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17 Social Media Marketing in Indonesian Social Enterprise: The Effect of Members' Level of Participation on Brand Trust and Brand Commitment

Authors: Irsanti Hasyim, Christian Wibisono, Angela Teressia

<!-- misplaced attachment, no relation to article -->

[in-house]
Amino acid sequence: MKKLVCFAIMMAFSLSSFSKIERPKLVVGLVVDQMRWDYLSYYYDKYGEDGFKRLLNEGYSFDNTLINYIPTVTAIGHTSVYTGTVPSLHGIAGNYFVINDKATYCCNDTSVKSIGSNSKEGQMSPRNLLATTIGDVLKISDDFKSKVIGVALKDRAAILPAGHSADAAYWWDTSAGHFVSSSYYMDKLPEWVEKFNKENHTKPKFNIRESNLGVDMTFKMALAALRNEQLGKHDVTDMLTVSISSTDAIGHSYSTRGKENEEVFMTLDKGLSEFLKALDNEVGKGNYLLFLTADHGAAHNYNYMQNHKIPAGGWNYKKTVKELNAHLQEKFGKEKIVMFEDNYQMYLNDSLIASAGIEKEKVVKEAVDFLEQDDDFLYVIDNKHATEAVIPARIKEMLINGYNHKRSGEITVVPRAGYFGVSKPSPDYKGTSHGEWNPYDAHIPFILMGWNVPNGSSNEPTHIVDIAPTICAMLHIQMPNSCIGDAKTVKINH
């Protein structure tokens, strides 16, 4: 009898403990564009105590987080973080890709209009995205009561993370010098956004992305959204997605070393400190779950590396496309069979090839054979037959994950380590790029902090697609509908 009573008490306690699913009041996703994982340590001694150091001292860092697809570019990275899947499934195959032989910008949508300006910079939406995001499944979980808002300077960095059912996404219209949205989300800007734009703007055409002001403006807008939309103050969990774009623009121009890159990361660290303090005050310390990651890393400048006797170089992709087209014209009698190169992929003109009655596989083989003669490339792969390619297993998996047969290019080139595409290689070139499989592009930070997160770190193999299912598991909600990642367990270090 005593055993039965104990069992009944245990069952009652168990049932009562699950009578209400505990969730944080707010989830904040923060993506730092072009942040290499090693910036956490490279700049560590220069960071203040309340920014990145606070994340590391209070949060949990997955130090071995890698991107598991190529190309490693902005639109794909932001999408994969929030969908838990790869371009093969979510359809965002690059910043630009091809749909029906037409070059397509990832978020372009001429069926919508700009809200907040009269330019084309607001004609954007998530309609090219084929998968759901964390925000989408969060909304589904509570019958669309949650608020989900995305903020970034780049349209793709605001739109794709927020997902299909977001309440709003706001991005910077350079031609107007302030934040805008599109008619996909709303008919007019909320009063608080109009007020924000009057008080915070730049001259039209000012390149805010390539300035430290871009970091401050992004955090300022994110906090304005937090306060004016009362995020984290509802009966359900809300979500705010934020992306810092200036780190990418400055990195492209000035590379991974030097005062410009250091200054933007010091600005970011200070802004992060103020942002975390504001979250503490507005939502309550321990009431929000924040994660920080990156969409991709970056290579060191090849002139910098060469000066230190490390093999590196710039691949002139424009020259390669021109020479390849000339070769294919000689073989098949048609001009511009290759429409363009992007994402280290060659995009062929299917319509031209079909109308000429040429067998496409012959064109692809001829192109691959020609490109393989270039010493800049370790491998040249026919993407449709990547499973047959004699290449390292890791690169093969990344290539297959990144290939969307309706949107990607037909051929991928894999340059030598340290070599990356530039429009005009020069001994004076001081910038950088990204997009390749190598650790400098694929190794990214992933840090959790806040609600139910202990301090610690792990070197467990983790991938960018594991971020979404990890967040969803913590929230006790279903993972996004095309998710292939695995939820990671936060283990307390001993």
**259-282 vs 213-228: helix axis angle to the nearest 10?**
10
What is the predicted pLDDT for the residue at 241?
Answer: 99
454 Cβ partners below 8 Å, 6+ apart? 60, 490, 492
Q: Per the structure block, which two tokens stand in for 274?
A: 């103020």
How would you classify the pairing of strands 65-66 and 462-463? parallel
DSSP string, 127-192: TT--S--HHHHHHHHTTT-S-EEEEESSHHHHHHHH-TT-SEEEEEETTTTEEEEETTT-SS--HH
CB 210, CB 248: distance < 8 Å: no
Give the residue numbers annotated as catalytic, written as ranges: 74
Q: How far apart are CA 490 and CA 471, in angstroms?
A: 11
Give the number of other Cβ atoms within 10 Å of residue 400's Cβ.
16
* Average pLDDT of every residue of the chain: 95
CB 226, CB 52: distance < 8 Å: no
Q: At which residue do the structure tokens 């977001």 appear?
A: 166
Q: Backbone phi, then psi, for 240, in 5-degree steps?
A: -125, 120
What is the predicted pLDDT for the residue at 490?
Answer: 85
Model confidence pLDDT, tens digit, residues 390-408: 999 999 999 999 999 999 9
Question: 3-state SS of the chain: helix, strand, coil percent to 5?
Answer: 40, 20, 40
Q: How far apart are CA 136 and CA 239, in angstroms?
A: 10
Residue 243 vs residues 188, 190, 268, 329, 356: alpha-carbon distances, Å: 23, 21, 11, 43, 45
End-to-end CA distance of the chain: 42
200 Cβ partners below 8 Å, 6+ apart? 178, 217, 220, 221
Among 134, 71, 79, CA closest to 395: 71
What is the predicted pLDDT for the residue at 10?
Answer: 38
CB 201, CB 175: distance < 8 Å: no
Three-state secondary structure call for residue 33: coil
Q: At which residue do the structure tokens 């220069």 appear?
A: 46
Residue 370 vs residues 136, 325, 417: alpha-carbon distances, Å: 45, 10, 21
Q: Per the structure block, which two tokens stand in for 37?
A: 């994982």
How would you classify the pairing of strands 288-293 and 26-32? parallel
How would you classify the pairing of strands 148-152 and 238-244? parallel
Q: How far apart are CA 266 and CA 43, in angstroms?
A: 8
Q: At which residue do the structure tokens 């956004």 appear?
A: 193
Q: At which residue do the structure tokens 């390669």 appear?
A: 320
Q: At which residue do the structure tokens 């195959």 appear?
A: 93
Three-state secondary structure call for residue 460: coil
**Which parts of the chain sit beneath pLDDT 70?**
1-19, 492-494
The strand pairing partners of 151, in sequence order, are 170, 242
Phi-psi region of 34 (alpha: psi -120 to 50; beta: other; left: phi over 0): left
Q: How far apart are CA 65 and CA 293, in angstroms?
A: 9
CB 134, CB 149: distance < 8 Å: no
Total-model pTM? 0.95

Social enterprises, as one of the way of doing business are on the rise and emerging from the innovations of decades of social initiatives. In simple way, social enterprises use the business platform to achieve social and/or environmental objectives whilst simultaneously seeking a financial return. In Indonesia, the number of social enterprises rapidly grows and most of them were using social media as their business platform. Social Media are perceived as tools for creating online communities of users who share interests, activities, and objectives. Many companies view the use of online communities in social media as a profitable marketing tool from which they can derive several benefits. Through social media, consumers share experiences with and suggest ideas to others while developing new relationships within their communities. Therefore, this study intends to identify the benefits that participants in online communities seek and examine the relationships between members’ levels of participation, brand trust, and brand commitment. Using convenience sampling method, 236 fully answered questioner was collected and used as a sample of this research. The sample of this research consisted of member or follower in several social media from selected social enterprise in Indonesia. Data collected in this research were process by using Partial Least Square and came up with the result that functional benefit and monetary benefit, are only two from five benefits that proposed were the only variable that has significant result even though from APC, ARS and AARS outcomes show that the model can be claimed to be significant.